"That was also why he scattered so many clews - scattered 'em lavishly - scattered 'em like a paperchase."  A cross-country race ("Hare and Hounds") in which a trail of torn-up paper marks the trail.

"I had reason to think that somebody was deliberately maneuvering me into a snare which should end with a well-soaped rope and a ten-foot drop."  I used to lecture about death by asphyxiation, including the physiology of hanging, but don't recall any mention of the nooses being lubricated.  I'm guessing that doing so would facilitate the noose tightening on the neck rather than getting stuck on its own internal friction.  Interesting.

"Which is just as good as an alibi.  But on one point their apparent good sense seemed to go skew-wiff."  Out of alignment - obviously related to "askew."   I finally found skew-whiff: "The expression 'skew weft' dates at least from the 18th century as a term used by handloom weavers, typically in northern England. It was used originally to describe fabric which was out of alignment... The modern spelling comes from a corruption of 'skew-wift' whose sound developed colloquially in spoken English from the original. Bow weft also exists."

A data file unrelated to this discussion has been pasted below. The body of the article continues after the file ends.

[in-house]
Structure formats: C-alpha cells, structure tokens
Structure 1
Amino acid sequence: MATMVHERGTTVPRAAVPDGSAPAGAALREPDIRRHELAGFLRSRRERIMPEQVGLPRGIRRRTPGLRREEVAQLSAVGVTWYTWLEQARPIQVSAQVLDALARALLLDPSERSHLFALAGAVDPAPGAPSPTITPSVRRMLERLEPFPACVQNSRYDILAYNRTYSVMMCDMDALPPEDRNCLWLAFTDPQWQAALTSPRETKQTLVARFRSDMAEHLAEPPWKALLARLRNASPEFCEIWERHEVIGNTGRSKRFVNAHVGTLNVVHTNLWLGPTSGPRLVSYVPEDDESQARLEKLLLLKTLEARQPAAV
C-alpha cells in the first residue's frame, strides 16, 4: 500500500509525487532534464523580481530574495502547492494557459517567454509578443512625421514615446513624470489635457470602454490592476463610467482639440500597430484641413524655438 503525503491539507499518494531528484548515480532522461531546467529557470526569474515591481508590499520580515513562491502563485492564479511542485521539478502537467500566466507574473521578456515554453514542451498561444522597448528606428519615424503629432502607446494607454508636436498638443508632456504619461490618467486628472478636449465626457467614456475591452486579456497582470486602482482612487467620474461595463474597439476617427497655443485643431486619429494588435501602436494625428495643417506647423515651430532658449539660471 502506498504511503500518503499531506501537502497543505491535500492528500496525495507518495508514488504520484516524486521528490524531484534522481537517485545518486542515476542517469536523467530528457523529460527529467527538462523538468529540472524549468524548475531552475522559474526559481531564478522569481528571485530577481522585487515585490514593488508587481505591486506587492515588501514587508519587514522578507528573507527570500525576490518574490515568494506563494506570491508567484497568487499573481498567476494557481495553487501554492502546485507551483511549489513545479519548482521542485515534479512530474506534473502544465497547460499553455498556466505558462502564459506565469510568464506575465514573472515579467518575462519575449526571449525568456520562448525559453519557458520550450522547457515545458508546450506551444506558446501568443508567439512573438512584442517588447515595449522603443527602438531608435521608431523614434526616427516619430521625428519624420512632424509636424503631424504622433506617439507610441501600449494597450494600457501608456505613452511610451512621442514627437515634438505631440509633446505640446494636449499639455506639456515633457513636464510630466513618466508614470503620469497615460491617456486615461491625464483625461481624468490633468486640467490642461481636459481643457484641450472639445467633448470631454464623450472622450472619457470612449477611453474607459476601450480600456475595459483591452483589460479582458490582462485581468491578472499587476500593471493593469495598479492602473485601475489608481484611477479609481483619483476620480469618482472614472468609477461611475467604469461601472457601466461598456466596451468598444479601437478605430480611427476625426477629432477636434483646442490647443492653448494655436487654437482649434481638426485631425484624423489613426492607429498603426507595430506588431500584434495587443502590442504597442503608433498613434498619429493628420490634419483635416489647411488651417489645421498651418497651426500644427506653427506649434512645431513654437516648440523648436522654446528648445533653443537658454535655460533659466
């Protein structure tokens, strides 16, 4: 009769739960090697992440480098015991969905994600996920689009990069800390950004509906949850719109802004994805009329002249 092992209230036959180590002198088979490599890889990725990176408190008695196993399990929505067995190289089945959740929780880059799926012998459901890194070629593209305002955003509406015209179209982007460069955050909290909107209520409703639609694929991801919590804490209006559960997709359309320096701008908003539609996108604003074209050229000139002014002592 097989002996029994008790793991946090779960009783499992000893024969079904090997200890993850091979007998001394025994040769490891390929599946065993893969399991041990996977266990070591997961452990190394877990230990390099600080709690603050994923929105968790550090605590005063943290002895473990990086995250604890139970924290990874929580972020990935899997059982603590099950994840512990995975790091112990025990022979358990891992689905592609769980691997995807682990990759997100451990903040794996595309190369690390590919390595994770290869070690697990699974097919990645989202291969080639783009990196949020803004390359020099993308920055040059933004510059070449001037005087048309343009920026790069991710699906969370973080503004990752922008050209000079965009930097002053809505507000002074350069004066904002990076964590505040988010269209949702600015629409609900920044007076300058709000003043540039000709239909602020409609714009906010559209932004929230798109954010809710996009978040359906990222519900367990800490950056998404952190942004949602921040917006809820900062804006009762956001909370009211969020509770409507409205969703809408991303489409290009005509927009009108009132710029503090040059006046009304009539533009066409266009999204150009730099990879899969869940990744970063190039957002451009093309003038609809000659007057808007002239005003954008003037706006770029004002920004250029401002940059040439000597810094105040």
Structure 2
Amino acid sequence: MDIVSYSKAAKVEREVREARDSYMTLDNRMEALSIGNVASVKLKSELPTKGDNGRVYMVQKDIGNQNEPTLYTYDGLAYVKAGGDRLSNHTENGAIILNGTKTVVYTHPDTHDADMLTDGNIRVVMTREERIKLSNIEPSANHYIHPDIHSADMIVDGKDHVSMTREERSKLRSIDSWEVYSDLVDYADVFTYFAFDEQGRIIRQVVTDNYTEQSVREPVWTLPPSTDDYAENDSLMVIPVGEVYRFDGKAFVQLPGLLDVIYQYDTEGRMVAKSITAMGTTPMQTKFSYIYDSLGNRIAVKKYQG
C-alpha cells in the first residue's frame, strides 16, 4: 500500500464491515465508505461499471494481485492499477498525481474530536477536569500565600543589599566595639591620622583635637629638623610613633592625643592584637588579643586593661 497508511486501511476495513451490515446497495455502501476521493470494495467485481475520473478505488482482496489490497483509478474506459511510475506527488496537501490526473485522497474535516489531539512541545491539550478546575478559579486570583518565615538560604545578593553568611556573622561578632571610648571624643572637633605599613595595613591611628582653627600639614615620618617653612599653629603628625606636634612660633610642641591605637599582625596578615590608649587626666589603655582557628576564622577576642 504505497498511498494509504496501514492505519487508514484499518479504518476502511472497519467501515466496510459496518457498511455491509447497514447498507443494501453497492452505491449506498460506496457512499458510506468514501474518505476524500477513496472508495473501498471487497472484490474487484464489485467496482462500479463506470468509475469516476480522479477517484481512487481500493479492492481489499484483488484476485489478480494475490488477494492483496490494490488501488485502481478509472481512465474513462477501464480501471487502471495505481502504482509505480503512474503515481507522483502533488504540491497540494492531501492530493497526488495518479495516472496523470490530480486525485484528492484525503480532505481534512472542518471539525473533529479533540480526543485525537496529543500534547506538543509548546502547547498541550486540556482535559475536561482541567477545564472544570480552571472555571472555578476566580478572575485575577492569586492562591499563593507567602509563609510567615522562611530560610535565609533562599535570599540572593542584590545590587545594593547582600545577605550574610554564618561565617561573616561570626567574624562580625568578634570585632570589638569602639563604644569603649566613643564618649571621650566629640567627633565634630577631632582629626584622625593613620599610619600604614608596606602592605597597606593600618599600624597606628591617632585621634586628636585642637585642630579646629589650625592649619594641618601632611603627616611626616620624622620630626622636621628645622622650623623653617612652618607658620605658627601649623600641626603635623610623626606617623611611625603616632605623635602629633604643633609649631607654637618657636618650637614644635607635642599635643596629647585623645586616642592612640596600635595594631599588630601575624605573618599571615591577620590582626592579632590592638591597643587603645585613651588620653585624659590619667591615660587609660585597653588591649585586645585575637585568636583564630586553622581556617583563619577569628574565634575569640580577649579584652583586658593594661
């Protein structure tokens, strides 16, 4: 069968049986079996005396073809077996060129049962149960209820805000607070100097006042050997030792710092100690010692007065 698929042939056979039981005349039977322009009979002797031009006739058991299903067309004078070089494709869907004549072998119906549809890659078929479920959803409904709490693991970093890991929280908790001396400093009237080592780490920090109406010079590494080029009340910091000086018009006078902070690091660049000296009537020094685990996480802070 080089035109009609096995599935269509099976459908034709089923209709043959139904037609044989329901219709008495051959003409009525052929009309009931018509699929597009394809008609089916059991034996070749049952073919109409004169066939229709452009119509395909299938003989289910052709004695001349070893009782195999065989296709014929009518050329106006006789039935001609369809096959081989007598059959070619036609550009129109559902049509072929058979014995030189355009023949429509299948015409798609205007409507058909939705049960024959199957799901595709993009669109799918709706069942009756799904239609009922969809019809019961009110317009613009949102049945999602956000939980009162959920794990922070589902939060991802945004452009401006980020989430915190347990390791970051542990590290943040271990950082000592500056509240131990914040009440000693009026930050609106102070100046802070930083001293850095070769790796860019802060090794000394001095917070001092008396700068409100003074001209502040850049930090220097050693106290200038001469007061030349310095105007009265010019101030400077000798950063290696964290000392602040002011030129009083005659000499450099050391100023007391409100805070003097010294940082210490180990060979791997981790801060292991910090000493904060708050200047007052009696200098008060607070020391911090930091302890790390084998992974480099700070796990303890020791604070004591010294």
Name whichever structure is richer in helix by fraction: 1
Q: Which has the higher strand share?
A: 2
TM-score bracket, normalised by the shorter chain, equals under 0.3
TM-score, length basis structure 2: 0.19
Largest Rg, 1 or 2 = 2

[why didn't they coordinate their alibis]... It would have been aes triplex, which no amount of batterin' would be able to break in court."  Literally "triple brass" = indestructible.

The Judas Window (1938)
The deceased is found in a study that has bolted steel shutters on the windows and a heavy door locked from the inside with a large sliding bolt.  In the same room a man lies unconscious; his fingerprints are on the murder weapon.  The best locked-room mystery so far.  Interestingly the action takes place in a courtroom only, with H.M. as the attorney for the defense of the man falsely accused.  Three parts to the book: "What Might Have Happened (first chapter)," "What Seemed to Happen (18 chapters)," and "What Really Happened (last chapter)."  Totally the last person I would have suspected as the murderer; I defy anyone to solve it before the name is revealed in the last two words of the penultimate chapter.  This PocketBook edition offers a schematic floorplan at the beginning.